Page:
Understanding loss and bereavement:
Loss is a condition or compilation of feelings associated with being without something or someone cherished. Grief is an emotional state of profound sadness and a reaction to the disruption of an attachment and is closely associated with loss. The period after a loss during which grief and mourning are experienced is known as bereavement. Grief encompasses more than just sadness. A well-known model of grief called "The Five Stages of Grief" identifies denial, anger, bargaining, depression and acceptance as the "stages" our mind goes through after someone we love dies, and we attempt to make sense of the loss. Grief can also include feelings of yearning, remorse, longing, sorrow, and regret. Emotions can be unexpected in their intensity and/or perplexity. Complications during the bereavement period has been the focus of many therapeutic interventions.
What are the stages of grief?
There has been an effort to help an individual unpack and understand their emotions after a significant loss. Elisabeth Kübler-Ross devised a model which theorises five stages of grief and loss. The five stages are:
Through time, different sources have added what they believe to be other stages of grief. There is a more inclusive 7 stages of grief which expanded on 'The Five Stages of Grief', namely:
- Shock and denial
- Pain and guilt
- Anger and bargaining
- Depression, reflection, and loneliness
- The upward turn
- Reconstruction and working through
It is important to note that while these grief models assist individuals who are grieving to understand their process and how to move forward, grieving is an individual, subjective experience and not everyone will experience the same order of grief stages or even experience every stage as outlined above.
How are loss and bereavement treated?
Everyone grieves differently and at their own pace. Some people recover from bereavement within six months and resume normal activities while still experiencing melancholy at times. After a year, some people may feel better. Other illnesses, most notably depression, can exacerbate grief. The degree of a person's reliance on the deceased may also exacerbate the bereavement process. Many challenging and confusing emotions are often present during the bereavement or grieving process. Self-care, recreation, and social support can all help an individual feel better. Whether the loss is due to death, a breakup, or another cause, grieving the loss of a loved one is a painful process.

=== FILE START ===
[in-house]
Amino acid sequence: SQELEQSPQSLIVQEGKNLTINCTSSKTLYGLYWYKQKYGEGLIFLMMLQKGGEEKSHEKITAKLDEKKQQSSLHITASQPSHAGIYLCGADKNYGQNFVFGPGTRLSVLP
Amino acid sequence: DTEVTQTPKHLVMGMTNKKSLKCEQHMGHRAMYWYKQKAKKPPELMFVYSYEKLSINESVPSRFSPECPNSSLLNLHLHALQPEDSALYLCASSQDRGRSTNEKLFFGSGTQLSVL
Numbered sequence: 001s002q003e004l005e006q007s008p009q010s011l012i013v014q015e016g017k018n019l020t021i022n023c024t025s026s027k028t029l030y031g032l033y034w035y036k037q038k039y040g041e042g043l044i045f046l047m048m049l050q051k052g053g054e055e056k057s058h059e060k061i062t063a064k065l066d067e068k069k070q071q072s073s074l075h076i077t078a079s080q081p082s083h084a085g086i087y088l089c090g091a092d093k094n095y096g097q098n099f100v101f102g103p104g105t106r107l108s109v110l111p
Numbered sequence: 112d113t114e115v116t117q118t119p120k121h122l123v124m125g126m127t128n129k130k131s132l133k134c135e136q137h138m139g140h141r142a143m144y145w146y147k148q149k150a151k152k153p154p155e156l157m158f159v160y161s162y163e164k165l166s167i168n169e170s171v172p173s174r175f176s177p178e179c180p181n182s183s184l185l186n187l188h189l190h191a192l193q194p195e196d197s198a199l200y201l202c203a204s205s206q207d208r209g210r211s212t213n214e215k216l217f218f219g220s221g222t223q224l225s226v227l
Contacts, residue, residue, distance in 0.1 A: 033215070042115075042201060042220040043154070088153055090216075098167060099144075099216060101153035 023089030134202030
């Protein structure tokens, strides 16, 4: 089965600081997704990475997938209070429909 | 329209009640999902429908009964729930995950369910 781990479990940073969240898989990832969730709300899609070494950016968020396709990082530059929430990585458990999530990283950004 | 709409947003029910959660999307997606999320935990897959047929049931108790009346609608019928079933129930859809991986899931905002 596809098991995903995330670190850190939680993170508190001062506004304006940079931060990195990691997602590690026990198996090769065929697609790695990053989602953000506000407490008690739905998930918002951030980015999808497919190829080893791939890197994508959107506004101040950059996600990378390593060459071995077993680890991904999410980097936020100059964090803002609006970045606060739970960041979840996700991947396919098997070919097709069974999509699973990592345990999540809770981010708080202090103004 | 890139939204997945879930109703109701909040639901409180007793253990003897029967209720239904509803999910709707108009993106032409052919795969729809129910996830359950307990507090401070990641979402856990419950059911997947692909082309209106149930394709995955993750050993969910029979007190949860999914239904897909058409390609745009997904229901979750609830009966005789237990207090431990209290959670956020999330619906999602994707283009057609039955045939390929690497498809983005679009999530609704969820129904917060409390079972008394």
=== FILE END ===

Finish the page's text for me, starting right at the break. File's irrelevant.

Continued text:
Grief is a challenging experience from which no one ever fully recovers. Time, however, usually dampens its ferocity. Complicated or prolonged grieving is long-term grieving that lasts a year or longer, and that gets worse. The time it takes a person to grieve is highly variable and dependent on the circumstances. However, if symptoms remain for an extended period without improving, they may be classified as Prolonged Grief Disorder according to the DSM-5. Complicated or prolonged grief can feel like a heightened, ongoing state of mourning that keeps an individual from healing.
Furthermore, the signs and symptoms of Prolonged Grief Disorder are more intense. Complicated or prolonged grief can take over a person's life and make it impossible for them to operate normally. Complicated or prolonged grief is frequently addressed by employing psychodynamic therapy, supportive therapy, person-centred therapy, cognitive behavioural therapy (CBT), brain working and recursive therapy (BWRT), reset therapy and /or acceptance and commitment therapy (ACT). When done individually or in a group setting, these treatment modalities can be beneficial.